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Ask Auntie Pinko

March 10, 2005
By Auntie Pinko

Dear Auntie Pinko,

I manage my money carefully and use credit cards wisely. I'm not rich, I make less than $40,000 a year, but I manage to save at least $4,000 a year in IRAs and a regular savings account. I don't buy things I don't need and my kids don't wear designer sport shoes. I don't see why responsible people should have to bear the burden for irresponsible people who overspend their income and can't say "no" to their kids. What's wrong with bankruptcy reform? Shouldn't people have to pay the price for their own irresponsibility?

Tulsa, OK

Dear Keith,

Congratulations on your sound family financial management. Auntie hates to bring this up, but a great many people who declared bankruptcy last year are just like you.

The only difference is that, at some point, something entirely beyond their control (catastrophic illness or job loss) happened in their lives, and even those who had health insurance and/or savings accounts were unable to continue making mortgage or rent payments, paying utilities, car payments and/or insurance, health insurance premiums, taxes, student loan payments, and other expenses outside their ability to cost-control.

The Consumer Bankruptcy Project at Harvard University has been studying bankruptcy for fifteen years. It may surprise you to learn that only 4.3% of the consumer bankruptcies filed in 2001 were because of credit card debt. Some other interesting facts:

  • Over 90% of those filing for bankruptcy in the year that ended 6/30/03 were middle class families and individuals.

  • The number of senior citizens filing for bankruptcy increased 244% percent between 1991 and 2001.

  • In 1971, the average one-income family spent 54% of their income on "non-discretionary" costs like taxes, mortgage, health insurance, car payments, etc. In 2001, an average family with two incomes spent 75% of their income on non-discretionary costs. Families are working harder, and still have less control over their money, and less margin for savings.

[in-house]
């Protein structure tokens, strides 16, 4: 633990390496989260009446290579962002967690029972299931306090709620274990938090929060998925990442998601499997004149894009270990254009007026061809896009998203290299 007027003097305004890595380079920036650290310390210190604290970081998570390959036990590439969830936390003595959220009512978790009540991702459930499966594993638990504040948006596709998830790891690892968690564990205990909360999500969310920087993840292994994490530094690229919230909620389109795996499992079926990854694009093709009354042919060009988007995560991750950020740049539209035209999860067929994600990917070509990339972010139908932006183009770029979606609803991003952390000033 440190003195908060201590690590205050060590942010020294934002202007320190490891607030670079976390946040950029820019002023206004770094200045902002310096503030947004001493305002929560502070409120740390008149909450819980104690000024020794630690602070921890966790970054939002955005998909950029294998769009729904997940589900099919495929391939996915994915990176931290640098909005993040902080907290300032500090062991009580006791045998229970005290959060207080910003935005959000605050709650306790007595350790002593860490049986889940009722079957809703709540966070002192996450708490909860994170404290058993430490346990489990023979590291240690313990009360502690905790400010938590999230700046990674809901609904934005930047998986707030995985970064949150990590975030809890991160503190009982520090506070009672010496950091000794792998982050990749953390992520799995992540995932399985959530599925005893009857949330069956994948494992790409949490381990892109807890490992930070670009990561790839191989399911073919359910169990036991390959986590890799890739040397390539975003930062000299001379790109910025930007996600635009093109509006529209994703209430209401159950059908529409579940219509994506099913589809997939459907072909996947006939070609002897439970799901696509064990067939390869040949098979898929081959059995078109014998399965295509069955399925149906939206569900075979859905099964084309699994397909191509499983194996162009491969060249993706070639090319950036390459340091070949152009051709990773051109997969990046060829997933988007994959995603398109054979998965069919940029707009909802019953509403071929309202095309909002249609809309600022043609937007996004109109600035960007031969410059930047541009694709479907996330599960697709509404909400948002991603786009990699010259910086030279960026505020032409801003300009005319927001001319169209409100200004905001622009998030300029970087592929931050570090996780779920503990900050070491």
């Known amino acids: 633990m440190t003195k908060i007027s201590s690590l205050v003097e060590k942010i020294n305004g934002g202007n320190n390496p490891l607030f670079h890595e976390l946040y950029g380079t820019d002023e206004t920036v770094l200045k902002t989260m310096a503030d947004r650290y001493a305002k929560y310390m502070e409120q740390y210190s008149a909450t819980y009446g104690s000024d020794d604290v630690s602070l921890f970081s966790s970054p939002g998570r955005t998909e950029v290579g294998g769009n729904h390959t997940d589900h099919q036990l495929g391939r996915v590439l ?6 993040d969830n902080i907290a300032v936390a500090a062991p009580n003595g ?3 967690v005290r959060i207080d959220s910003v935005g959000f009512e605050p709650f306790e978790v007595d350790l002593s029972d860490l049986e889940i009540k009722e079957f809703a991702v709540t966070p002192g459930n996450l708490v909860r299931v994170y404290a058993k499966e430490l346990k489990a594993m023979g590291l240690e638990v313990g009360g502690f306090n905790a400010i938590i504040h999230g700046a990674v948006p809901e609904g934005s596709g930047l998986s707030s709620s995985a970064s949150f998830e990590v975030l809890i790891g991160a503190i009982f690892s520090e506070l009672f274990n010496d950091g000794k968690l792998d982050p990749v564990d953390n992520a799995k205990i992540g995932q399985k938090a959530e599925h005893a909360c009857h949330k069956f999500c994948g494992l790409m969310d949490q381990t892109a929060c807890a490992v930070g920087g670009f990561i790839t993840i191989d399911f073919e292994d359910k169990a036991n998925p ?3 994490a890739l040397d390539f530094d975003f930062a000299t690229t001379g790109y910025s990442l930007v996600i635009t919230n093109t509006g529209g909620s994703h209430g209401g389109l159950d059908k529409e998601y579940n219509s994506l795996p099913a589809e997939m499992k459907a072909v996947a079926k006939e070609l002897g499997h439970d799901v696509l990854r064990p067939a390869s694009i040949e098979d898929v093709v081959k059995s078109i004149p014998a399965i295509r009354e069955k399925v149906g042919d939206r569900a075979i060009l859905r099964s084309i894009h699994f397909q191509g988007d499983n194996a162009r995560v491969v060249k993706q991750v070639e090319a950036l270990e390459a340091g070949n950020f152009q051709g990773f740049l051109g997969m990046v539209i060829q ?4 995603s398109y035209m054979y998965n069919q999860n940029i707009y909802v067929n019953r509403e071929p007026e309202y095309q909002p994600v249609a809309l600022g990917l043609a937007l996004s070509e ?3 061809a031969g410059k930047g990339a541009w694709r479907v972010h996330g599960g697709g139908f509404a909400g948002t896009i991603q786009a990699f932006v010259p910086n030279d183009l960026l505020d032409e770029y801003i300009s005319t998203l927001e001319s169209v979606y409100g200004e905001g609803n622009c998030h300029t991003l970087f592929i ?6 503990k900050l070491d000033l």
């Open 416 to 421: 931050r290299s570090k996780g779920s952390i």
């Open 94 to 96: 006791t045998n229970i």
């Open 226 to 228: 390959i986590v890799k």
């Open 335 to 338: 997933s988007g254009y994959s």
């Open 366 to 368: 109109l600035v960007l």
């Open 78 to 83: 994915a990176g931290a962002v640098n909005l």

• About half of the bankruptcy filers experienced "medical bankruptcy" (that is, bankruptcy related to health care costs) and of those, more than 75% had health insurance at the onset of illness.

Some ask why so many people rely on credit card debt as their emergency safety net, and why they have so much trouble managing even "necessary" credit card debt. It might be enlightening to note that according to an FDIC study, the dramatic rise in bankruptcy rates is directly linked to banking deregulation, which has allowed the credit industry to engage in unrestricted predatory and exploitive lending practices.

Deregulation has allowed the credit card industry to employ sophisticated marketing to prey on financially vulnerable users. The aim of the credit card companies is to acquire users who will maintain high balances, make minimum monthly payments and pay hundreds (or thousands) of dollars in interest. Without regulatory standards in place to limit interest rates and establish standards for credit-worthiness, credit card companies are free to dispense multiple high-interest cards to high-risk individuals.

In other words, it is the credit industry's own business practices that promote the massive growth of consumer debt. And their response to higher levels of default and bankruptcy has not been to be more responsible in their lending practices, but to become more predatory, raising interest rates arbitrarily, instituting high fees for an increasing range of reasons, and issuing even more credit cards at even higher risk of default. Using these tactics, the credit card industry has not just maintained, but increased its profitability even as bankruptcy and default rates have soared.

If there's irresponsibility involved here, Keith, Auntie would have to say that the impact of the credit card industry's rapacious practices is far, far larger than the impact of the 4.3% of filers whose bankruptcy can be traced solely to credit card overspending.

Anyone who wants to check the figures quoted here is free to Google Consumer Bankruptcy Project and FDIC bankruptcy study. There's a lot of interesting information out there on the Internet, and I'm sure your time won't be wasted. Thanks for asking Auntie Pinko!

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